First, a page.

I grew up surrounded by food. Great food, in fact. Both of my parents know their way around the kitchen, and they were both always trying to deliver the delicious and healthful to a trio of the pickiest kids in the country. And I was by far the worst. Any hint of herbs, the mere sight of a spice bottle on the counter, a single drop of sauce of any kind, and I would turn up my nose and refuse it. My mother rolled her eyes and made perfectly plain roast chicken, pasta topped with nothing, unseasoned broccoli and peas. My dad got annoyed and made me eat a whole barbecued portobella mushroom, sauce and all. I have no recollection of how that tasted, but I do remember being completely horrified by the very idea of eating a fungus. I still don’t eat mushrooms, in fact. But I digress. The point is, I got over (most of) the ridiculous pickiness. And thanks to my family, when I did start cooking real food (sauce, herbs and all), I knew the basics from watching them. Some of my earliest memories are of making cookies with one grandmother, banana bread with another, and sitting outside with my parents on a 95° Florida afternoon while they cranked ice cream in a great big salt-and-ice filled barrel. I do not recall helping with the ice cream. I probably got bored and jumped in the pool.

My point is, home cooking isn’t hard. Okay, certain recipes are challenging, and sometimes mistakes are made that make a cook wonder why she was ever allowed access to heat and ingredients in the first place. But anyone can make dinner, and I rather believe that everyone should. Maybe not every night–Mr. Blackbird and I continue to eat out about once a week–but honestly, wouldn’t you rather have what you like, when you want it, for significantly less money than a restaurant can provide?

So here’s what I aim to deliver:

Dinners and desserts that I really make, mostly on weeknights.

Kosher food that pushes boundaries (probably too many boundaries for some).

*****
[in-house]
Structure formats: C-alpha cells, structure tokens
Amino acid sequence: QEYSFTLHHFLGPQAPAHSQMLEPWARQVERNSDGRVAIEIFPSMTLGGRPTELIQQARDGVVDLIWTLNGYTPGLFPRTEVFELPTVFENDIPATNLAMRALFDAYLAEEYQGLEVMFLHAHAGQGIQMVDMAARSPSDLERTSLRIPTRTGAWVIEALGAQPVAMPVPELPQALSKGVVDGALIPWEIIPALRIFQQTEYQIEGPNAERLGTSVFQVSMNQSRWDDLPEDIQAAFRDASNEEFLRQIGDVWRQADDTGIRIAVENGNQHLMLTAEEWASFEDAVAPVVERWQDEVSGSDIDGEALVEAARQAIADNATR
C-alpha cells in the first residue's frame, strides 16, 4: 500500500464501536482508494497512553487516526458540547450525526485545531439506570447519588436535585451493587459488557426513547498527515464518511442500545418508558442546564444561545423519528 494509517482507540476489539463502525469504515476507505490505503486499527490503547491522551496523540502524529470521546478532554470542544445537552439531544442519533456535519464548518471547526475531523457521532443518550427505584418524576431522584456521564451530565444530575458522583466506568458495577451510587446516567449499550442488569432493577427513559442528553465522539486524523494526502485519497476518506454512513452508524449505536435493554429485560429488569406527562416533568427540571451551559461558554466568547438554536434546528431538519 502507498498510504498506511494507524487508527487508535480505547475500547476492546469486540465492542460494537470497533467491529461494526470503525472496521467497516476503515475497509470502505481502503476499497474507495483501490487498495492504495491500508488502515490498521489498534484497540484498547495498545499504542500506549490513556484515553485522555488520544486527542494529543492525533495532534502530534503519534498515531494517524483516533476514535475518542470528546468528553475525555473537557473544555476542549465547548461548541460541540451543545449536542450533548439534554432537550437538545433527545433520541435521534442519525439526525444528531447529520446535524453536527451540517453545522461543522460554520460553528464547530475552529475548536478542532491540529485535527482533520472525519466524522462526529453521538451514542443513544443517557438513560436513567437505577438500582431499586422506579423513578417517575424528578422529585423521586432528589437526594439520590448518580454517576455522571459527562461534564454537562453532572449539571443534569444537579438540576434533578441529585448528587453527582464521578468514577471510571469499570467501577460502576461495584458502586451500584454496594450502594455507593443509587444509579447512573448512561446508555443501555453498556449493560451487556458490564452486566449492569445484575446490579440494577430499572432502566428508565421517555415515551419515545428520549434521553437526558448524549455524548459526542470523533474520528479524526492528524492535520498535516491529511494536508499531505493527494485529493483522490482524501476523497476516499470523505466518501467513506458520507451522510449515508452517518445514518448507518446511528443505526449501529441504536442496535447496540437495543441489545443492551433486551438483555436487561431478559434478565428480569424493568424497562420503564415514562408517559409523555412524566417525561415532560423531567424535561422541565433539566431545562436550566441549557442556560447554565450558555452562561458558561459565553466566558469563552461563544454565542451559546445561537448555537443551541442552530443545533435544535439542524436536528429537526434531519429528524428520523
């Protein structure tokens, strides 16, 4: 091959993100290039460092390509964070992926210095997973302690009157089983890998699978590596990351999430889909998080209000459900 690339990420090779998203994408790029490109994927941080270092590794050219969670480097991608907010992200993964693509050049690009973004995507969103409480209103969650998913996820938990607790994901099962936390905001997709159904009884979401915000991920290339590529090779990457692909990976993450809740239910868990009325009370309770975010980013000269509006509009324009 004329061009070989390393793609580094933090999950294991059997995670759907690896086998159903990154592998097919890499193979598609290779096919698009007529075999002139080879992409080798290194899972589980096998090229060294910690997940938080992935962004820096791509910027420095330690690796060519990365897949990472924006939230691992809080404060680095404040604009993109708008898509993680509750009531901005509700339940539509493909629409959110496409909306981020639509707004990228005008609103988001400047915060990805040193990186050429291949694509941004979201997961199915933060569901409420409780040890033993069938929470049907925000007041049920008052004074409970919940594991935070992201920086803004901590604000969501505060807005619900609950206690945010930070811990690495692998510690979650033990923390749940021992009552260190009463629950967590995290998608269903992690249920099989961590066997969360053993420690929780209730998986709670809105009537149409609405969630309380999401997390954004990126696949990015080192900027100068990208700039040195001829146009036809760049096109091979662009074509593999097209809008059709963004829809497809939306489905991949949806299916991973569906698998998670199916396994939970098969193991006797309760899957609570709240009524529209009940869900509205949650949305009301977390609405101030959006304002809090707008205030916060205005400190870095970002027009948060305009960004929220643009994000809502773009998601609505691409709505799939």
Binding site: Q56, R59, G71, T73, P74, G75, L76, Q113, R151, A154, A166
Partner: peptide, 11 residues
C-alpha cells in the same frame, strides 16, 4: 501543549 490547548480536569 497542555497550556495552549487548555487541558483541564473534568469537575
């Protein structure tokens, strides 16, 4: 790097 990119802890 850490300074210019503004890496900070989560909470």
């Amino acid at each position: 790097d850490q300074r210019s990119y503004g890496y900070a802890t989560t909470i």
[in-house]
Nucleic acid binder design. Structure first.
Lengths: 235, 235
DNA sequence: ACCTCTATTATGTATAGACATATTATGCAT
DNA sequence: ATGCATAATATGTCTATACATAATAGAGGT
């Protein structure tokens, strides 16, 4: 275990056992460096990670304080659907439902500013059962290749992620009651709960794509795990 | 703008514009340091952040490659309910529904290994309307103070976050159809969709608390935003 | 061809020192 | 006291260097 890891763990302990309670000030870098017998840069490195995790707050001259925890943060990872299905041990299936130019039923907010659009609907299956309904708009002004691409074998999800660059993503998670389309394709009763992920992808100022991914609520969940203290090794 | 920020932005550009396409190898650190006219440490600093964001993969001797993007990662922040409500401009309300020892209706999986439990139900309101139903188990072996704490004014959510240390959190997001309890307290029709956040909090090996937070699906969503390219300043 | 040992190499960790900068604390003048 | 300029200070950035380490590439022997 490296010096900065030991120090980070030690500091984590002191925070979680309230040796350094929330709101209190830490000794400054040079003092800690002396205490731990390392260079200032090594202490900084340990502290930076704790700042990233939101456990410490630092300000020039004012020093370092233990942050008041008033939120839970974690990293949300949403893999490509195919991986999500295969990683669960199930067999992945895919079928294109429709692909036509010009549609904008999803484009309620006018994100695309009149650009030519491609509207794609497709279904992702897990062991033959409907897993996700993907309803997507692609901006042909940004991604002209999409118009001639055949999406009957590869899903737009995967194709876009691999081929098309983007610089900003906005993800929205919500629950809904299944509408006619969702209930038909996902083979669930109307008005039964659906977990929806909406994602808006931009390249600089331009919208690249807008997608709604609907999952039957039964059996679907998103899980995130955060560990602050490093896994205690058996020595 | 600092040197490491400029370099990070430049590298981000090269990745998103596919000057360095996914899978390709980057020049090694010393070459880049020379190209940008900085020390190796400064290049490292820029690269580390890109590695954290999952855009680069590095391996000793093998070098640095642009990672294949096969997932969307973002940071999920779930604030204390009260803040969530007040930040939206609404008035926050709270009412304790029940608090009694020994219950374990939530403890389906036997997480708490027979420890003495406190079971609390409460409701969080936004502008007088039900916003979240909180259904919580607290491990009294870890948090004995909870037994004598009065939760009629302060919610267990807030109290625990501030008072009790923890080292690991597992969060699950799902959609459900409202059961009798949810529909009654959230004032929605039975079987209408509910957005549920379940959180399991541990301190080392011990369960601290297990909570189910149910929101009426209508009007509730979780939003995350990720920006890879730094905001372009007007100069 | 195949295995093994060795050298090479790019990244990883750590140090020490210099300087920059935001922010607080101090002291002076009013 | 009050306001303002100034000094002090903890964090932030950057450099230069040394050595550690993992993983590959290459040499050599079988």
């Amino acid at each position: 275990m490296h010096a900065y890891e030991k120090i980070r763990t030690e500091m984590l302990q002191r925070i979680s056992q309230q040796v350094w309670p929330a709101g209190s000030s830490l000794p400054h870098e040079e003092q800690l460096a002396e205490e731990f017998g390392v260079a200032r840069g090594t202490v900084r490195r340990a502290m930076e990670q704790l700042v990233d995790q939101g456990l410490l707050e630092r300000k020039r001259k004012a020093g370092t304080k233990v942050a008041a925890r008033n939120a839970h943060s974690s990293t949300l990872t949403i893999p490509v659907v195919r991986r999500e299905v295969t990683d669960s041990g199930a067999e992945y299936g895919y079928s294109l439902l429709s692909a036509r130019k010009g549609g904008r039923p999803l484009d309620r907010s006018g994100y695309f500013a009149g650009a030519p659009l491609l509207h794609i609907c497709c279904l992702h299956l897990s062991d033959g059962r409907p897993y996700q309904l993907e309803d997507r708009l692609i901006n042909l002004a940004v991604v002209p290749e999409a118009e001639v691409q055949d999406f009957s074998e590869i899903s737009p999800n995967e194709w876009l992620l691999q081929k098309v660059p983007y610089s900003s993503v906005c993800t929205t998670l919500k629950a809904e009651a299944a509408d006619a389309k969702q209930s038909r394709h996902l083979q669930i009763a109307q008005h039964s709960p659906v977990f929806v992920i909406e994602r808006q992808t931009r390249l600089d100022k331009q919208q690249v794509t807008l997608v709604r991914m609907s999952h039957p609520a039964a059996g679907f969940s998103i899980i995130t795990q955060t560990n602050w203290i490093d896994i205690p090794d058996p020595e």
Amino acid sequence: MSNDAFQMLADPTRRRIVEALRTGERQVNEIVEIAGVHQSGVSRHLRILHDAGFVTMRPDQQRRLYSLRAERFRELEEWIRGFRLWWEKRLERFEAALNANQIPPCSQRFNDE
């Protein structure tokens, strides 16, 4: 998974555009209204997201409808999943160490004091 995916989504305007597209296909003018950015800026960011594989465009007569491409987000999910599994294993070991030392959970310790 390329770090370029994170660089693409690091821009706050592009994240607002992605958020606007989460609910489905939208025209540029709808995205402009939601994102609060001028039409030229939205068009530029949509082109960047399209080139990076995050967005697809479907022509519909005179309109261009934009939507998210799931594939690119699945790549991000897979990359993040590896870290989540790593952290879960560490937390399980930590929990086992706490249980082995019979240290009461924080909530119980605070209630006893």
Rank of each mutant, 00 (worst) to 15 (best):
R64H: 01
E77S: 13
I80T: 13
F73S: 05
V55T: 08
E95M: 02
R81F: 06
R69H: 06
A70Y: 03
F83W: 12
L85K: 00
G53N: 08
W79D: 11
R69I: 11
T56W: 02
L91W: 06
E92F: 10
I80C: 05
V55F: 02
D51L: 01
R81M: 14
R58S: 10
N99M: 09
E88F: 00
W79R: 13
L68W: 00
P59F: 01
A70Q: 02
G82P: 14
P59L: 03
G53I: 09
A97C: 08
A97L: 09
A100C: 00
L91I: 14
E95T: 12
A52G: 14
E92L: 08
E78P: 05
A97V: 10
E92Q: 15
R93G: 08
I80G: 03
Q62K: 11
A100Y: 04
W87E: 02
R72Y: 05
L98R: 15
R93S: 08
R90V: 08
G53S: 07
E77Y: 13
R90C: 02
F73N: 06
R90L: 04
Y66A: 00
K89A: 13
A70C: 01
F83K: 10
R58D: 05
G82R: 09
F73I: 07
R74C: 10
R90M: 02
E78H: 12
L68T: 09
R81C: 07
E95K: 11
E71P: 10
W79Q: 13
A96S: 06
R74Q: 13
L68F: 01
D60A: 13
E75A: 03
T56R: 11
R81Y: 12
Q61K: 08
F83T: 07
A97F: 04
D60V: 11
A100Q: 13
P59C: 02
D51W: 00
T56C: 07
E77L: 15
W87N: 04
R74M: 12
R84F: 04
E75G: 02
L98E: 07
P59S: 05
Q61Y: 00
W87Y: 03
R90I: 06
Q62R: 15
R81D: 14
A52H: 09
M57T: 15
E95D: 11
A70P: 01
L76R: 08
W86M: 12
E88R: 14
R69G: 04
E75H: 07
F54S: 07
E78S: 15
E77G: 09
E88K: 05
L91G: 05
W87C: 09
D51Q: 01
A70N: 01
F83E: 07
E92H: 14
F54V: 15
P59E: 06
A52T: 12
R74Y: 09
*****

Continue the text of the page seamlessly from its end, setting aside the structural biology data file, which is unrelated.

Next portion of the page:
Tips for shopping and making those parts of life that revolve around the kitchen easier.

And the occasional review of a cookbook or food-related book or show.

What you will never ever see here:

Pork or shellfish (or rabbits or turtles or bugs or any other treife meats or fish.)

Onions. They make Mr. B gag.

Mushrooms. As mentioned above, mushrooms freak me out. Sorry, Dad!

Strawberries or tomatoes. I’m deathly allergic, much to my chagrin.

Fancy-schmancy towers of soup or anything else that takes significantly more active kitchen time than you could possibly spend eating it. (Inactive cooking time is fine. Put your lamb shanks in the oven and go watch a movie.)

Other than that, I just plan to enjoy myself, feed people who get too close to me, go through way too many batteries for my poor little camera, and eat like a king.

If you’re interested in the photos, I’m by no means a professional photographer, and I’m painfully aware that it shows, but I’m learning every day. The good folks at FoodGawker and TasteSpotting have declared the bits behind those links as the best I’ve done so far, and I’m pretty proud of them. I use a Pentax K-x and the 18-55mm f/3.5-5.6 AL lens that came with it, along with a macro lens adapter that takes amazing super-close ups that so far haven’t made it to the blog, because who really wants to see the fine wrinkles on a blueberry? Because the flash has never done anything good for me, I leave it off and keep a level on my hotshoe so that I can be sure my shots are aligned right even when I’m taking one of those pesky bird’s eye view photos that prevent use of the viewfinder by all but literal corvids. If I get more confident with manual shooting, I might write about it, but I’m really here for the food.

  1. #1 by Lynda Kayes on January 14, 2011 - 9:48 AM

    great concept, and I might add how often do you go out to dinner and pay for what should be good or a least decent food and leave disappointed and sometimes still hungry, vowing to cook eat at home

    • #2 by koshercorvid on January 14, 2011 - 11:58 AM

      Which is why we eat out only once a week, sometimes less. Even really good food costs orders of magnitude more than making the same thing at home, but sometimes it’s worth it just to not have to do dishes. And thanks for commenting, G’ma.

      • #3 by Dad on January 27, 2012 - 11:49 AM

        In my own defence, I don’t recall the mandatory mushroom incident, but I could be mistaken… : )

  2. #4 by lexy3587 on May 11, 2011 - 12:10 PM

    I just wanted to stop by and let you know that I’m giving you the Versatile Blogger Award. Check out info on it here: http://goneforawalk.wordpress.com/2011/05/11/champion-at-versatility/

Leave a Reply

Fill in your details below or click an icon to log in:

WordPress.com Logo

You are commenting using your WordPress.com account. Log Out /  Change )

Google+ photo

You are commenting using your Google+ account. Log Out /  Change )

Twitter picture

You are commenting using your Twitter account. Log Out /  Change )

Facebook photo

You are commenting using your Facebook account. Log Out /  Change )

Connecting to %s

%d bloggers like this: